Monday, December 9, 2013

Think Like An Agent Or Editor Before You Submit

Writers are interesting people. They spend all of their waking hours thinking like a writer. Their minds are full of writing craft and it seems that everything they do and say during the day can somehow link back to their independent time in front of the computer typing out their stories. When you talk to them, they understand everything (or at least pretend to) about point of view, crafting the right line, goals, motivations and conflicts. And yet, when it comes to the real world, we often find they are lacking. 

No, I am not talking about that introvert side of writers that we see (yes this is a generalization). What I am referring to is how they think of their books and their submissions they send out to editors and agents, and yes, even the products they send out to the readers on their own if they chose that route to publishing.

I know that I am not alone on this one. There are far too many times when I have read a submission or listened to a pitch, when I ask myself "What were they thinking?" There have been cases when I am completely stunned at what was presented to me. In every one of these cases, I do believe it stems from the writer not really thinking.  More specifically, they were not thinking like the person on the other side of the table.

I teach a research writing class and one batch of writing they do are analysis essays of other writer's work (not peer editing). They are to really spend the time dissecting what works and doesn't work with the articles they read and then respond to each. Now part of this activity is to learn to write in this format as well as to understand analysis. But the bigger picture is to think like a reader. If you read something and you simply don't like what the person did, do you want to take that skill and put it into your own writing? On the reverse side, if you love an approach, would you want to use that skill the next time the situation arises for you?

With that idea in mind, as you craft your current story, is this really something you would want to read if you were someone buying a book. You need to ask yourself (honestly), "If I were looking for my next book to read, would I buy this book?" You would also extend it to ask a few more questions"
  • What is it about this book that intrigues me?
  • What do I like about the voice?
  • Do I like the characters?
  • Can I personally relate to the characters?
The key is that you have to be honest. Yes, I understand you are biased because it is your own work, but that is probably you thinking like a writer...NOT A READER!

This skill doesn't apply just to the writing. Before you hit send with that submission, stop and look at not just the product but the query letter and the entire package. You are now an editor or agent and have received this letter in the mail. Based on what you just sent, based on that "first impression" would you want to work with this person.

Before you answer this, let me put you in the right mindset. It is now 5:30 pm. You have been in the office since 7:00 am and have been in editorial meetings, talking to the art department, on the call with some agents about other projects, spent time editing a few of your own clients' works-in-progress, sending out letters, and probably eating lunch at your desk. It is late, you want to go home but there are 100 new submissions sitting on your computer and want to get through a couple before you leave. You might even transfer a few over to your e-reader to look at on the commute home. Now...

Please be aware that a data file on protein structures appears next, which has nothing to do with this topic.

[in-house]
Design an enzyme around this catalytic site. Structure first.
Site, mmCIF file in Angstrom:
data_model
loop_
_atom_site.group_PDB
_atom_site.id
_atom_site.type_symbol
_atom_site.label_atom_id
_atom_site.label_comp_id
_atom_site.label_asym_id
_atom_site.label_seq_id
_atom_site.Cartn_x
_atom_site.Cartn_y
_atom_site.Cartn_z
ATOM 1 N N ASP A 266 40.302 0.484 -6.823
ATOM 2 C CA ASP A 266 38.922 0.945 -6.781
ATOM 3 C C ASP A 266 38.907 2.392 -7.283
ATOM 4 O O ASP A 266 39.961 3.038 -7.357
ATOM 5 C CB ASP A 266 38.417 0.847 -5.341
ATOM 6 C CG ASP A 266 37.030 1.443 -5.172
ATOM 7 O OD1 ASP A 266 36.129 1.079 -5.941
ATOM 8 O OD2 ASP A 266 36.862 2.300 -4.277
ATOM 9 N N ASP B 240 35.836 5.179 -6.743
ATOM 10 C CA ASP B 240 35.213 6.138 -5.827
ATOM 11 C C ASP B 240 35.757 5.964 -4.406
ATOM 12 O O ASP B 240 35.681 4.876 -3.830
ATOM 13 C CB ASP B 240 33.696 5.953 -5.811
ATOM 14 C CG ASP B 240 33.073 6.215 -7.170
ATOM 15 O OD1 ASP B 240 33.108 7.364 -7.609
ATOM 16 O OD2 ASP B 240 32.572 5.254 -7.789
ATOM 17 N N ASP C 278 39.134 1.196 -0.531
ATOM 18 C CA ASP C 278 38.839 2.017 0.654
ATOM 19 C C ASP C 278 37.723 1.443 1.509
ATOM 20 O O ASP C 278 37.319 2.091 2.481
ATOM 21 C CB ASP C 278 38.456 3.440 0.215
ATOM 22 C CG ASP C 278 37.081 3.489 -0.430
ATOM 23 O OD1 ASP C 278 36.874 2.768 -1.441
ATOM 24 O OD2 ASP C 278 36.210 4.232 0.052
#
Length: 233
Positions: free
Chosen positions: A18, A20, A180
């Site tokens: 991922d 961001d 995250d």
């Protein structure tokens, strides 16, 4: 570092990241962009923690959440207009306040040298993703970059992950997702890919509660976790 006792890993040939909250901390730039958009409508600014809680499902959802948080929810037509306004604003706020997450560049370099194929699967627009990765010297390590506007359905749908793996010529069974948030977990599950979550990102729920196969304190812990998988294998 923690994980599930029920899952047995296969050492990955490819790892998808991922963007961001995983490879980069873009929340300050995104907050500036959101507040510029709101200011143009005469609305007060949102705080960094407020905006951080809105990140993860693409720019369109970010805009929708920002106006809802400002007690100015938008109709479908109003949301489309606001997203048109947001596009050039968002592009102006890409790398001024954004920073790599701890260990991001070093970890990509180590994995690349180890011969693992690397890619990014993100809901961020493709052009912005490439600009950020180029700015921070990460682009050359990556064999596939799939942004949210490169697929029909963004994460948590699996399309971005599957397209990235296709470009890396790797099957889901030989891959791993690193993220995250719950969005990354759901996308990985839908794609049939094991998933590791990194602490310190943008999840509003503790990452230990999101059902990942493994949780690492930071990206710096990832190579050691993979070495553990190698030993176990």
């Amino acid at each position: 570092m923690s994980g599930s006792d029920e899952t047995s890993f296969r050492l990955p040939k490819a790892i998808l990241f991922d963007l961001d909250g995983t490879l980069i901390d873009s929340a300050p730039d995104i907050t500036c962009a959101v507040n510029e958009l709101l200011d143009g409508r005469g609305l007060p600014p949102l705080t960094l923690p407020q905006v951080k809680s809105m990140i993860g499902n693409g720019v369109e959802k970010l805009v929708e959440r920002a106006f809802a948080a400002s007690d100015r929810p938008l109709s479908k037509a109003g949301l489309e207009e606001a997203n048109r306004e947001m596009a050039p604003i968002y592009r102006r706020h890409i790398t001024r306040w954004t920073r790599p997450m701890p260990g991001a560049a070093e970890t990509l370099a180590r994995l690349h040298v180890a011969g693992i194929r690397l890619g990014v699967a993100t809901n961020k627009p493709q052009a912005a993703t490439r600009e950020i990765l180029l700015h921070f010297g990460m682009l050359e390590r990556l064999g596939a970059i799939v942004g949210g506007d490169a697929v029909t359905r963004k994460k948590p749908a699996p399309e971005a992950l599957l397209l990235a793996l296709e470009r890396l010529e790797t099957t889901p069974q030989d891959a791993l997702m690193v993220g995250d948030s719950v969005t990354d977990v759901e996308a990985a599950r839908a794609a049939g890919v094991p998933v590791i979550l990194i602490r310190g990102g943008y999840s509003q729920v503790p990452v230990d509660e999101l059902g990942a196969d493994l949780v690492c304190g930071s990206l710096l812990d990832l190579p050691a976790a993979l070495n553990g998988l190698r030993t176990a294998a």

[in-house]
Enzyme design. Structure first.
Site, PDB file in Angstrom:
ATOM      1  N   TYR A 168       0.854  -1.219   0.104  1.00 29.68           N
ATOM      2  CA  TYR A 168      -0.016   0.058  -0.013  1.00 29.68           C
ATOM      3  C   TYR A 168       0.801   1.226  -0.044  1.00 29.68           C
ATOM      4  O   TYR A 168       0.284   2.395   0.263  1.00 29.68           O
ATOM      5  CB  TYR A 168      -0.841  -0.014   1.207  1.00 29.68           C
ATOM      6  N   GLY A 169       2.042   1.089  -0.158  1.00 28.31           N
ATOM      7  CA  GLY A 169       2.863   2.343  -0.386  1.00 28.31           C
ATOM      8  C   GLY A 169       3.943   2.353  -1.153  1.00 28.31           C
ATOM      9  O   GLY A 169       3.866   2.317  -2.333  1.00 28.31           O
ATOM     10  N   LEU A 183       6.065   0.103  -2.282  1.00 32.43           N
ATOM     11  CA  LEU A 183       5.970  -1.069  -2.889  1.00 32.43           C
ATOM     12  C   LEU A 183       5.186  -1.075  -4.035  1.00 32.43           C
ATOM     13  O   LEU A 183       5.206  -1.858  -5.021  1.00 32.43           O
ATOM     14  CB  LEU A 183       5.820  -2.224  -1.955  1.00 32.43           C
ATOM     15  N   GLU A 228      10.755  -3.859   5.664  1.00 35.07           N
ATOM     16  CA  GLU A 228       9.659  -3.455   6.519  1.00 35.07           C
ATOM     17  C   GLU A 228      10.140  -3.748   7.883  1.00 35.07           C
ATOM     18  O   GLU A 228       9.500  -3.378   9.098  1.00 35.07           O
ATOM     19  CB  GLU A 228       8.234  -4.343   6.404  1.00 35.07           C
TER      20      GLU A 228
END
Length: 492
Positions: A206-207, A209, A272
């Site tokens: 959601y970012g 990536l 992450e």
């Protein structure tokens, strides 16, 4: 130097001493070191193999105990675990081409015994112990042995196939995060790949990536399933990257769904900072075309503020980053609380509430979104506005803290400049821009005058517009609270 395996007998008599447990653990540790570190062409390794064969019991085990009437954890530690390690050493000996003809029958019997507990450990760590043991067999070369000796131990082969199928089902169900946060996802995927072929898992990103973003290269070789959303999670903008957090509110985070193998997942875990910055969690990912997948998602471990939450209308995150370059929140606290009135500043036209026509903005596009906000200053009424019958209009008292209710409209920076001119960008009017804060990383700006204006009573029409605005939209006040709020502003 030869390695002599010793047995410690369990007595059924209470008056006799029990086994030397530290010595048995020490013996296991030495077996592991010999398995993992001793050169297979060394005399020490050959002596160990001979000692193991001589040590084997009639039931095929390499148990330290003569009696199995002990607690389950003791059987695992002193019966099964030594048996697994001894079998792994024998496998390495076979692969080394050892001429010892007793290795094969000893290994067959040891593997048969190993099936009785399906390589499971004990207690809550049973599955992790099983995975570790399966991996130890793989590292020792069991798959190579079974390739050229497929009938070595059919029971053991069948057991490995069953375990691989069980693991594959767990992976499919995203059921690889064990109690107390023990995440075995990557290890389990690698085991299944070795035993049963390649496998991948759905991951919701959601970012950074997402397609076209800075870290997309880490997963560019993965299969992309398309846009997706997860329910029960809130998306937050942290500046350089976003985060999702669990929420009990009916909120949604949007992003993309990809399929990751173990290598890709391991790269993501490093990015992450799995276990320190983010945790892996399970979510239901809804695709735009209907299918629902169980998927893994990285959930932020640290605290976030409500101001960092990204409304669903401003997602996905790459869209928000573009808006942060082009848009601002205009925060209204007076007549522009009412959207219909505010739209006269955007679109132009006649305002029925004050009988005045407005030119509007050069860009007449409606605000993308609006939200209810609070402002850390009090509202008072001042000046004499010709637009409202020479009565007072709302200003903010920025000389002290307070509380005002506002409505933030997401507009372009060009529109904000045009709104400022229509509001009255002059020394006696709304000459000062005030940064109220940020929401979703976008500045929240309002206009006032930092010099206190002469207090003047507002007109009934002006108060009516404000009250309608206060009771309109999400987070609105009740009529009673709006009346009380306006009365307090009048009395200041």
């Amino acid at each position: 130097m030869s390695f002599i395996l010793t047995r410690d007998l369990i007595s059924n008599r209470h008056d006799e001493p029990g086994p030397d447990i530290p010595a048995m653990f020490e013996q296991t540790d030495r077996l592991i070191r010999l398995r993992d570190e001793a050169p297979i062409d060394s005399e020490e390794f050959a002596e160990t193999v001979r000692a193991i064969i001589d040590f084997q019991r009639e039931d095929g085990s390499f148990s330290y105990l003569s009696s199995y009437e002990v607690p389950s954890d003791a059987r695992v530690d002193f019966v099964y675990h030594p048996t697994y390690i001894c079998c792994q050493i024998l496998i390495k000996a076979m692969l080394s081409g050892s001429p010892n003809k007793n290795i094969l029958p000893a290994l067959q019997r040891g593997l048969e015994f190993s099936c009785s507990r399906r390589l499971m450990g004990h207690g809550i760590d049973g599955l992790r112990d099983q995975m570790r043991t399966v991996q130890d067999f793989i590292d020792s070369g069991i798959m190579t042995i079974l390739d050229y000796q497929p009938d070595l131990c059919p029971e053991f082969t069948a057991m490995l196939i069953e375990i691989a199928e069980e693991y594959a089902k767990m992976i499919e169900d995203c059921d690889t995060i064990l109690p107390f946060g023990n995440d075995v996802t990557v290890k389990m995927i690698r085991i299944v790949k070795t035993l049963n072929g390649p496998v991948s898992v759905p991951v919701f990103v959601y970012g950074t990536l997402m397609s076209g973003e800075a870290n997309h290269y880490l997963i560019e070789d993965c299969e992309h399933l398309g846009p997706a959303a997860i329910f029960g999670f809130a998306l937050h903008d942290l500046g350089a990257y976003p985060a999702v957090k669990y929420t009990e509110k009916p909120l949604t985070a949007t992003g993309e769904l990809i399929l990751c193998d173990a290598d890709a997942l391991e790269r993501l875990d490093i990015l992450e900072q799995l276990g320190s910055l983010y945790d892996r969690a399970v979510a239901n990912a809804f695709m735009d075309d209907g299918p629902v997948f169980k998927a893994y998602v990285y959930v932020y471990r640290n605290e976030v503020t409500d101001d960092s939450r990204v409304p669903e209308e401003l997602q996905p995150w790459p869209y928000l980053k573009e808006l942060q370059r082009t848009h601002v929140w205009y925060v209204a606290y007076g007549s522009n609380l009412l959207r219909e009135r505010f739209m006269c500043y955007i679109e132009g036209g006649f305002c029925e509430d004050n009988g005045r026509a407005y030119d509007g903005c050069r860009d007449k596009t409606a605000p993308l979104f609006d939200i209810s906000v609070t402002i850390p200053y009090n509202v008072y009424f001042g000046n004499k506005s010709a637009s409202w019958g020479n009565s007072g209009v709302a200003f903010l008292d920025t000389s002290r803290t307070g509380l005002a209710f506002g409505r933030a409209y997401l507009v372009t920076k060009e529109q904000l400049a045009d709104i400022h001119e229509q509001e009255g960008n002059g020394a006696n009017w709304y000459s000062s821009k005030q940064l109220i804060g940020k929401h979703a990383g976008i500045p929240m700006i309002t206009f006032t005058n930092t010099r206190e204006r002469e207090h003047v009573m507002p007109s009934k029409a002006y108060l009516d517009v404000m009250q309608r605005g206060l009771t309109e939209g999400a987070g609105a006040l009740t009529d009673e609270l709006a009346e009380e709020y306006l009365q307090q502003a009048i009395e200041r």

• Do you see enough in the query to want to read more?
  • Is this writer showing you a marketable product?
  • Are you seeing something that intrigues you in this story.
  • As you scan the synopsis, does the story look like it has enough structure that you can work with it without months of revision?
  • Does this writer sound professional? Remember, you are going to have to work with this person?
In simple terms, after that small submission, would you ask for more?

I do honestly believe that many of you would reject that person on the other side of the submission. The reason is that you are now looking at your submission from a different perspective. And yes, the same goes for pitching to!

I hear too many times writers complaining that "if editors and agents would read the whole story, they would understand and like my writing." They are thinking like a writer. Would you really do that if you were seeing it for the first time?

Just something to chew on for a Monday!

1 comment:

  1. This is all too true. I had my book edited by a self-publisher and then it was released. Everything was done too fast. After two poor reviews on Goodreads, I realized that my book needed to be polished further. I read a self-editing book written by two editors. I spoke to many people and received a lot of advice. Two sets of edits later, I am still planning on one more big edit.
    At that point, my book might be ready to be submitted to agents and publishers. I wanted it be my best effort. It might not be picked up, but I will know that I gave it all my time, support, and love. It is the type of book that I would love to read. Paranormal mysteries aren't that common--ones that don't rely on romance to sell.
    Thanks for your article. It inspires me,
    Susanne Leist